- We can see the performance graph of the network on the right section of the dashboard. The test and training loss is the cost of the network during testing and training, respectively. As discussed previously, the idea is to minimize cost.
- Below that, you will observe that there is a visualization of how the network has separated or classified the blue dots from the orange ones.
- If we hover the mouse pointer over any of the neurons, we can see what the neuron has learned to separate the blue and orange dots. Having said this, let's take a closer look at both of the neurons from the second layer to see what they have learned about the task.
- When we hover over the first neuron in the second layer, we can see that this neuron has done a good job of learning the task at hand. In comparison, the second neuron in the second layer has learned less about the task.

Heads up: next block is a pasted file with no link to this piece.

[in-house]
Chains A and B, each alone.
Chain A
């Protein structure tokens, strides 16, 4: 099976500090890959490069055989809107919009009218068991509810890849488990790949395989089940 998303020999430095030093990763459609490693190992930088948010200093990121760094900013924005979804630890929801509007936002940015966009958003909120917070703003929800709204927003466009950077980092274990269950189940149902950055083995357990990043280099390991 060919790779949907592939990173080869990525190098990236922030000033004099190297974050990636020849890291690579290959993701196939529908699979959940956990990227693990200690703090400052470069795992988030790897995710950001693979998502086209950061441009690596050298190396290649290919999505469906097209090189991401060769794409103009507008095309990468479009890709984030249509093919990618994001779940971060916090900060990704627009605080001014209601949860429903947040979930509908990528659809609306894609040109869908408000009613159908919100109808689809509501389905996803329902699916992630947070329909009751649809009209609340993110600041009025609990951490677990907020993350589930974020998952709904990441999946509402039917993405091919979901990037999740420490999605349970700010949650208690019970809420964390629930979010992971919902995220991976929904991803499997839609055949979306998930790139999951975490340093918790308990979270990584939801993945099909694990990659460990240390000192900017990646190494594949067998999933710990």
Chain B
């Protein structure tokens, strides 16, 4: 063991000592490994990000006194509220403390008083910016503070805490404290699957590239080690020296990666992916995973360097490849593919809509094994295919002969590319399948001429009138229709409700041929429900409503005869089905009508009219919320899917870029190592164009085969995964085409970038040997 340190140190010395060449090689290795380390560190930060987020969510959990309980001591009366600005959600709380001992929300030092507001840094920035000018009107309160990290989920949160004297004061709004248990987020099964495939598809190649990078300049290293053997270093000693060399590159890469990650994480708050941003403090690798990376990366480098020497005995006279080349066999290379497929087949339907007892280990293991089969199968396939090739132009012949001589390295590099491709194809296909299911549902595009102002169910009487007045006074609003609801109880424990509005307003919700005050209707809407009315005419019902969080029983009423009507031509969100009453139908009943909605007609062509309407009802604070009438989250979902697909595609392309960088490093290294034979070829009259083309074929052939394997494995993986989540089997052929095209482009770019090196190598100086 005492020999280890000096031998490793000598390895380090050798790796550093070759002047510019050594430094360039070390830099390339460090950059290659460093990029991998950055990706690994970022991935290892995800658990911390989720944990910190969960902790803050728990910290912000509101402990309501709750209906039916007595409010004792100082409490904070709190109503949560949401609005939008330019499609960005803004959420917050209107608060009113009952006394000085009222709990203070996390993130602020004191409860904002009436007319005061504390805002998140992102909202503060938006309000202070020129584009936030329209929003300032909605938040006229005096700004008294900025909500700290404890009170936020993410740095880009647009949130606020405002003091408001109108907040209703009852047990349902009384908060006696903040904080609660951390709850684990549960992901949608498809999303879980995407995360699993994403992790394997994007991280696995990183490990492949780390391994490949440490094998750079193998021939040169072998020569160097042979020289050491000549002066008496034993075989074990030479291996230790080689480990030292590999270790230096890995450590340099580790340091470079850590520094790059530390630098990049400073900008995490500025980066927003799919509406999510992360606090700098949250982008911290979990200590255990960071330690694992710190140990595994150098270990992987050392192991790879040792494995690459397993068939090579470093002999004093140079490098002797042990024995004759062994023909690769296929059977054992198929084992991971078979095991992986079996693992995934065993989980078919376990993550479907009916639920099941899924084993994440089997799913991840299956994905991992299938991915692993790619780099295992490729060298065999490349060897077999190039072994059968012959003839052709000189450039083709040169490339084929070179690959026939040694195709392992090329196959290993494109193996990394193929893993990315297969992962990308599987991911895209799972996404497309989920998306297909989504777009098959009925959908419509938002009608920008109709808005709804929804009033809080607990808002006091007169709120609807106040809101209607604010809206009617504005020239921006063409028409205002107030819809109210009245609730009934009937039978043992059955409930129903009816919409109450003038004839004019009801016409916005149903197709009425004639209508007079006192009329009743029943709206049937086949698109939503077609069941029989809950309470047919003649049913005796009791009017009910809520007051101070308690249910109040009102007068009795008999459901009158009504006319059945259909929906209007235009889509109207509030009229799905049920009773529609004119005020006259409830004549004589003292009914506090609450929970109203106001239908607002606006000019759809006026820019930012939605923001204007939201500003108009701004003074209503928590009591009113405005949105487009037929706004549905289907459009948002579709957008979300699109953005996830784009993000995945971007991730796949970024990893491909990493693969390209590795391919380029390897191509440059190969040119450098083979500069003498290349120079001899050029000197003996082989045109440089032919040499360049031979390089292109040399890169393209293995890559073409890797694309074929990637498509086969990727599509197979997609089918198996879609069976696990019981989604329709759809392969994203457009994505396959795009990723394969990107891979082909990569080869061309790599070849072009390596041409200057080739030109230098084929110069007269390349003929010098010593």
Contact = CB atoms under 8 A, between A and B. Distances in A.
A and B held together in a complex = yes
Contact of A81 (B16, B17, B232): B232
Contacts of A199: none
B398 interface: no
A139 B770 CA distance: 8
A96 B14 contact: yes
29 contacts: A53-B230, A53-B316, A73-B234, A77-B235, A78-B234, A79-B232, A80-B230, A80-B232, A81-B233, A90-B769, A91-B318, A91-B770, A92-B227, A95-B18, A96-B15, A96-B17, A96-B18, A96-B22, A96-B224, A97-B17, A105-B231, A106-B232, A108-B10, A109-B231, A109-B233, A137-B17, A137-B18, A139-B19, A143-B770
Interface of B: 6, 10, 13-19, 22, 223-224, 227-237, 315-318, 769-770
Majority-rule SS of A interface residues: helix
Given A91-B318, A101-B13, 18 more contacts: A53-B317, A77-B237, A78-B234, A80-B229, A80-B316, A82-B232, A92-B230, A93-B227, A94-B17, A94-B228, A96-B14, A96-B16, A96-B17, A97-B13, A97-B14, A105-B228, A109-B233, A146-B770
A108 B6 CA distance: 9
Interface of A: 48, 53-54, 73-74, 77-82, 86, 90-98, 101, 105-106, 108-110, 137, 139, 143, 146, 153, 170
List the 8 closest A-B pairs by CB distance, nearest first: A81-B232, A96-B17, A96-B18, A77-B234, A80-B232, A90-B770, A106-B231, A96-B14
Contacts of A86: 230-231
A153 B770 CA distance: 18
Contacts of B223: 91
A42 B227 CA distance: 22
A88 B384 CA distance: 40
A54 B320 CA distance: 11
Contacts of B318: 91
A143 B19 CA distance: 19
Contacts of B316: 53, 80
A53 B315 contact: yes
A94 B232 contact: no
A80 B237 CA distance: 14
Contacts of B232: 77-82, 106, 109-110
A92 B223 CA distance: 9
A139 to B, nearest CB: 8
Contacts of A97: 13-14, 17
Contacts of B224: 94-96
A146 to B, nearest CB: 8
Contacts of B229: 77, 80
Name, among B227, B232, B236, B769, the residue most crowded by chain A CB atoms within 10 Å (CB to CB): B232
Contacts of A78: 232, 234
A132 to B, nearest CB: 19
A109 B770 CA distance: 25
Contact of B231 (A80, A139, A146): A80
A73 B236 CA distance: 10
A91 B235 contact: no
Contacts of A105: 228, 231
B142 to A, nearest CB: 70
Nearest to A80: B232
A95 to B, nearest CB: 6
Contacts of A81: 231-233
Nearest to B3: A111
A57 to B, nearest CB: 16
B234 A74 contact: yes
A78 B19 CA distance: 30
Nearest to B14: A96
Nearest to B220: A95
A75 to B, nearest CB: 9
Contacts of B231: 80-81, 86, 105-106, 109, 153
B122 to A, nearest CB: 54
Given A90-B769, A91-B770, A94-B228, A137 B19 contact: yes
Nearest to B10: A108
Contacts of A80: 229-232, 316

- That brings us to the dotted lines coming out of the neurons: they are the corresponding weights of the neuron. The blue dotted lines indicate positive weights while the orange dotted ones indicate negative weights. They are commonly called tensors.
Another key observation is that the first neuron in the second layer has a stronger tensor signal coming out of it compared to the second one. This is indicative of the influence this neuron has in the overall task of separating the blue and orange dots, and it is quite apparent when we see what it has learned compared to the overall end results visual.
Now, keeping in mind all the terms we have learned in this chapter, we can play around by changing the parameters and seeing how this affects the overall network. It is even possible to add new layers and neurons.
TensorFlow Playground is an excellent place to reiterate the fundamentals and essential concepts of ANNs.